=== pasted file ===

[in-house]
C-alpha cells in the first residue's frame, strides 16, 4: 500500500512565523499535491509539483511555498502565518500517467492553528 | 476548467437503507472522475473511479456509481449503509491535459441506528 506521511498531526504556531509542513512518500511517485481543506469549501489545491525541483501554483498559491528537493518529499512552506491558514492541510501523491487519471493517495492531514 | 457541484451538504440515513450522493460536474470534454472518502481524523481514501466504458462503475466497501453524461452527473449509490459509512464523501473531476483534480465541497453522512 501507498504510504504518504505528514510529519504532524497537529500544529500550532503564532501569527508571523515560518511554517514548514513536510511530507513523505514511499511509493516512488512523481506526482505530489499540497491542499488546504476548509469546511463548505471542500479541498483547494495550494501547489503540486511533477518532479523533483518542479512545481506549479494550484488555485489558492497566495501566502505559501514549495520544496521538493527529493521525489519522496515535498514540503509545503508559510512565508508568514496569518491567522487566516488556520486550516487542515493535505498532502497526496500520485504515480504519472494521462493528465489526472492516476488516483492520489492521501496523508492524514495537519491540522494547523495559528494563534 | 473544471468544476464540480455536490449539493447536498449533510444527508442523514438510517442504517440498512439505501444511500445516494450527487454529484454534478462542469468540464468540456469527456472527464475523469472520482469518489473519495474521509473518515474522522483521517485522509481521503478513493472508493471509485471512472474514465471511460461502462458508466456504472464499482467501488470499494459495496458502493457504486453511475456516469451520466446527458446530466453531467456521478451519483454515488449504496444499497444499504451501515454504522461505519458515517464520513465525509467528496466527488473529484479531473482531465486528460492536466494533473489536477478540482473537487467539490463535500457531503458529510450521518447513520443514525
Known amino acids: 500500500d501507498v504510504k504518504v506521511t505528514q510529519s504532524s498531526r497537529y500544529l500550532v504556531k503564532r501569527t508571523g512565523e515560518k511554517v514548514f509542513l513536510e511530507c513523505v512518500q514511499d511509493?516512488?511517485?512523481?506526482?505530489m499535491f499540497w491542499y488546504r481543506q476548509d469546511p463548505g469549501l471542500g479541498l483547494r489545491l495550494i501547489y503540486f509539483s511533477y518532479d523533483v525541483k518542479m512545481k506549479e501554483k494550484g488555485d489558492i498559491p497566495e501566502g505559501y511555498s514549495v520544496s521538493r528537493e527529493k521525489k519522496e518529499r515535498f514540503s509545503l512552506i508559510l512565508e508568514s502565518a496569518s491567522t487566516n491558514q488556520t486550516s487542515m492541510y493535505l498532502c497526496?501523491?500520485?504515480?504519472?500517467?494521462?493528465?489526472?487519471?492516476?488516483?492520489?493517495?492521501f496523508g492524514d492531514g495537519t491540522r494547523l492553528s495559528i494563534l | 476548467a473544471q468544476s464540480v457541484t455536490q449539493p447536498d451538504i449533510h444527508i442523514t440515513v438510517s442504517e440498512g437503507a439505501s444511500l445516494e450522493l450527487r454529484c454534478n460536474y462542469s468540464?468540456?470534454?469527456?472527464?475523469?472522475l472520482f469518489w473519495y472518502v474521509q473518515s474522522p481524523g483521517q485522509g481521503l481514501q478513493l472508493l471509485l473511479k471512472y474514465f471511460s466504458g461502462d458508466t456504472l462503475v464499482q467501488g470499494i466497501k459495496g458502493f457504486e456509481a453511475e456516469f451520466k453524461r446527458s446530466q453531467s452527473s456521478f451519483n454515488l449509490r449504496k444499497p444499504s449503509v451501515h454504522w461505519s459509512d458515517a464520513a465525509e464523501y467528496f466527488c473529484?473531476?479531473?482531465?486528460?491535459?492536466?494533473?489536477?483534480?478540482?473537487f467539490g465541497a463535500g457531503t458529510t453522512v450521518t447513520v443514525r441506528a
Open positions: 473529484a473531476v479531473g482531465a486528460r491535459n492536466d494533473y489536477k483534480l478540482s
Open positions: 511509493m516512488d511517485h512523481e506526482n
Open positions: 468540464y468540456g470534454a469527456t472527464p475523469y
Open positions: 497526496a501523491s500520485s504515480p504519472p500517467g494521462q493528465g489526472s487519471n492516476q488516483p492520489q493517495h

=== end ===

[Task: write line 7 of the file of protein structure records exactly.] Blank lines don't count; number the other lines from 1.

Open positions: 497526496a501523491s500520485s504515480p504519472p500517467g494521462q493528465g489526472s487519471n492516476q488516483p492520489q493517495h